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The non-equilibrium Greens function (NEGF) formalism provides a powerful conceptual and computational framework for treating quantum transport in nanodevices. It goes beyond the Landauer approach for ballistic, non-interacting electronics to include inelastic scattering and strong correlation effects at an atomistic level.
Check out Supriyo Datta's NEGF page for more information, or browse through the various resources listed below.
Modular Approach to Spintronics
28 Apr 2015 | | Contributor(s):: Kerem Yunus Camsari
There has been enormous progress in the last two decades, effectively combining spintronics and magnetics into a powerful force that is shaping the field of memory devices. New materials and phenomena continue to be discovered at an impressive rate, providing an ever-increasing set of building...
Efficiency Enhancement for Nanoelectronic Transport Simulations
02 Feb 2014 | | Contributor(s):: Jun Huang
PhD thesis of Jun HuangContinual technology innovations make it possible to fabricate electronic devices on the order of 10nm. In this nanoscale regime, quantum physics becomes critically important, like energy quantization effects of the narrow channel and the leakage currents due to tunneling....
Physics and Simulation of Nanoscale Electronic and Thermoelectric Devices
28 Jun 2013 | | Contributor(s):: raseong kim
For the past few decades, transistors have been continuously scaled. Dimensions are now at the nanoscale, and device performance has dramatically improved. Nanotechnology is also achieving breakthroughs in thermoelectrics, which have suffered from low efficiencies for decades. As the device scale...
Device Physics Studies of III-V and Silicon MOSFETS for Digital Logic
28 Jun 2013 | | Contributor(s):: Himadri Pal
III-V's are currently gaining a lot of attraction as possible MOSFET channel materials due to their high intrinsic mobility. Several challenges, however, need to be overcome before III-V's can replace silicon (Si) in extremely scaled devices. The effect of low density-of-states of III-V materials...
Quantum and Atomistic Effects in Nanoelectronic Transport Devices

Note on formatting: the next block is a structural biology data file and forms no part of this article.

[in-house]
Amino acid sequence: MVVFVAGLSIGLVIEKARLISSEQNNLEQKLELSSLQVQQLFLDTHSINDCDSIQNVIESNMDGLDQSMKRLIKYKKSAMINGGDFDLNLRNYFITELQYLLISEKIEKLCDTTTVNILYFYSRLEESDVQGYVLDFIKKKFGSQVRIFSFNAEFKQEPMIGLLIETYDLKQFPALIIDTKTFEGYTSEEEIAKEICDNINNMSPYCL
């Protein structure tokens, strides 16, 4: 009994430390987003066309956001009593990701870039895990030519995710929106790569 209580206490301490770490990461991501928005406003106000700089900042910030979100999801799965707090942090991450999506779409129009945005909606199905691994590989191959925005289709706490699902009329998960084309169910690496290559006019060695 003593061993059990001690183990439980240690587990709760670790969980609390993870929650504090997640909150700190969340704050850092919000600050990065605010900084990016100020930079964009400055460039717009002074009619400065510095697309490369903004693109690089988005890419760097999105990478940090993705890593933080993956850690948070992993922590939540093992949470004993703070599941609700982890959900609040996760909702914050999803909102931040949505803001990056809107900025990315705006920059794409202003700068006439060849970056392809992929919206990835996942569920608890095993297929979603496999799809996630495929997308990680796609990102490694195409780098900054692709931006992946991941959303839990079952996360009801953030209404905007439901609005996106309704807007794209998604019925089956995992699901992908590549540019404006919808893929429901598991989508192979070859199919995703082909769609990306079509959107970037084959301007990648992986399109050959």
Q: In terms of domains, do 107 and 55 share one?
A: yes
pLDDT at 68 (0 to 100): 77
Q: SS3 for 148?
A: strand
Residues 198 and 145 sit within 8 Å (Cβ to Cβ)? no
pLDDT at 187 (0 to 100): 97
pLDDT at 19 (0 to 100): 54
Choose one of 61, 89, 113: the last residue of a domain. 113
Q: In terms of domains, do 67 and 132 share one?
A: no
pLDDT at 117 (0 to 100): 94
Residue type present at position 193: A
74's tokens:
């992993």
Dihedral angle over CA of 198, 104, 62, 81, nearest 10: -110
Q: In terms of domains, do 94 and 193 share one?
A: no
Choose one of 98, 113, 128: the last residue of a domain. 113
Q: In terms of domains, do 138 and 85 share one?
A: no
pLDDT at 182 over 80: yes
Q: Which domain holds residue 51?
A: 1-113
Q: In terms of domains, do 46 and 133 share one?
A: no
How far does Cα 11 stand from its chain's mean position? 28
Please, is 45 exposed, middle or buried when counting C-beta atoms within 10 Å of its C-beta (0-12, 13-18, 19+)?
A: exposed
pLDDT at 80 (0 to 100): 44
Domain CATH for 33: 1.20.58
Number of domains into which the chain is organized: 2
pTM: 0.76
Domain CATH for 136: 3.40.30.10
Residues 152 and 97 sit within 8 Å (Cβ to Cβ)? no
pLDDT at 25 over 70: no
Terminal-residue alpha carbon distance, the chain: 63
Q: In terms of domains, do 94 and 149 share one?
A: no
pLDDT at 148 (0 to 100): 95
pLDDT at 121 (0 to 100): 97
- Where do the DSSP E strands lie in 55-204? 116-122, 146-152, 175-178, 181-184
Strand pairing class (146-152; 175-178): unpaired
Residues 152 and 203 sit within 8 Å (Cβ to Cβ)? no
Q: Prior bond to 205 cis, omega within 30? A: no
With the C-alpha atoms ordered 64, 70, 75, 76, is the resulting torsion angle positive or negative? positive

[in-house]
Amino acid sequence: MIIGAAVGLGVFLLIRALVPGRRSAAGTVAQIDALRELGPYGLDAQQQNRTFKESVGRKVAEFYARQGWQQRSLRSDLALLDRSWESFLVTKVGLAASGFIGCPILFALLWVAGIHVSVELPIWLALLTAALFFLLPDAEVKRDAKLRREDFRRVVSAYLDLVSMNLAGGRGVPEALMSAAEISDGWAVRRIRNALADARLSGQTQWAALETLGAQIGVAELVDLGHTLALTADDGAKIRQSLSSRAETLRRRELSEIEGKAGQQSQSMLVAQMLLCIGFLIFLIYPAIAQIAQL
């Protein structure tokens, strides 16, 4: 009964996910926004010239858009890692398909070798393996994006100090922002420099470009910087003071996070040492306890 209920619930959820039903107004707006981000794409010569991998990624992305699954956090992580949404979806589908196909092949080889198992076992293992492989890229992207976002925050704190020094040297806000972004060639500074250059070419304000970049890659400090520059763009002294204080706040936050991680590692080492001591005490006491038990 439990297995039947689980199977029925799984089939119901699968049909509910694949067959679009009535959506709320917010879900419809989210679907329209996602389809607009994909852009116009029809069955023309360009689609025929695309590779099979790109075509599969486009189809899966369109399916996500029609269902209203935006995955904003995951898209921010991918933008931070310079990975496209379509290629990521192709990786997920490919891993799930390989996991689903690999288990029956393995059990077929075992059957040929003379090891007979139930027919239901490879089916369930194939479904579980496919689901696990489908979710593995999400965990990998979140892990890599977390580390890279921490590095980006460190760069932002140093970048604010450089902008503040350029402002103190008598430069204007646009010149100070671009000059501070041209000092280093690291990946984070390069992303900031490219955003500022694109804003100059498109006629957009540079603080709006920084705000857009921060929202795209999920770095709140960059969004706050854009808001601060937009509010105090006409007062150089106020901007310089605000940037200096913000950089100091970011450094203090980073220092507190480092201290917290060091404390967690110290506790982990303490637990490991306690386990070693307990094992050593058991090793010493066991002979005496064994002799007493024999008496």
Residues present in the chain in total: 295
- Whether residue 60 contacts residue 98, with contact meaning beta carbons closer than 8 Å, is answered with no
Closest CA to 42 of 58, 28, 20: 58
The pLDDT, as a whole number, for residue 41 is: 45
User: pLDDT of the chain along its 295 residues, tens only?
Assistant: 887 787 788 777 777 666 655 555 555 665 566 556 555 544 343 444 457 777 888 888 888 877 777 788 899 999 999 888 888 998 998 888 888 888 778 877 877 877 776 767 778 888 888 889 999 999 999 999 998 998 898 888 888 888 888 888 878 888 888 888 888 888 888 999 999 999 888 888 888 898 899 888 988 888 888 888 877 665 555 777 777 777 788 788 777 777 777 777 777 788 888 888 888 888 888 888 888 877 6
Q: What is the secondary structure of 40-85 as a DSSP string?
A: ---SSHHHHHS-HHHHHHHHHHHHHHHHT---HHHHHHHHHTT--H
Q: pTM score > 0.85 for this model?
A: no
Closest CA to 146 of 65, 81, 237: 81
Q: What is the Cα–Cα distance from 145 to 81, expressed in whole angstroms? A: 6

28 Jun 2013 | | Contributor(s):: Neophytos Neophytou
As devices scale towards atomistic sizes, researches in silicon electronic device technology are investigating alternative structures and materials. As predicted by the International Roadmap for Semiconductors, (ITRS), structures will evolve from planar devices into devices that include 3D...
Exploring New Channel Materials for Nanoscale CMOS
28 Jun 2013 | | Contributor(s):: Anisur Rahman
The improved transport properties of new channel materials, such as Ge and III-V semiconductors, along with new device designs, such as dual gate, tri gate or FinFETs, are expected to enhance the performance of nanoscale CMOS devices. Novel process techniques, such as ALD, high-# dielectrics, and...
Carbon Nanotube Electronics: Modeling, Physics, and Applications
28 Jun 2013 | | Contributor(s):: Jing Guo
In recent years, significant progress in understanding the physics of carbon nanotube electronic devices and in identifying potential applications has occurred. In a nanotube, low bias transport can be nearly ballistic across distances of several hundred nanometers. Deposition of high-k gate...
Physics and Simulation of Quasi-Ballistic Transport in Nanoscale Transistors
28 Jun 2013 | | Contributor(s):: Jung-Hoon Rhew
The formidable progress in microelectronics in the last decade has pushed thechannel length of MOSFETs into decanano scale and the speed of BJTs into hundreds of gigahertz. This progress imposes new challenges on device simulation as the essential physics of carrier transport departs that of...
Dissipative Quantum Transport in Semiconductor Nanostructures
28 Dec 2011 | | Contributor(s):: Peter Greck
In this work, we investigate dissipative quantum transport properties of an open system. After presenting the background of ballistic quantum transport calculations, a simple scattering mechanism, called Büttiker Probes, is introduced. Then, we assess the properties of the Büttiker Probe model...
Surface scattering: Made simple
03 Sep 2010 | | Contributor(s):: Dmitri Nikonov, Himadri Pal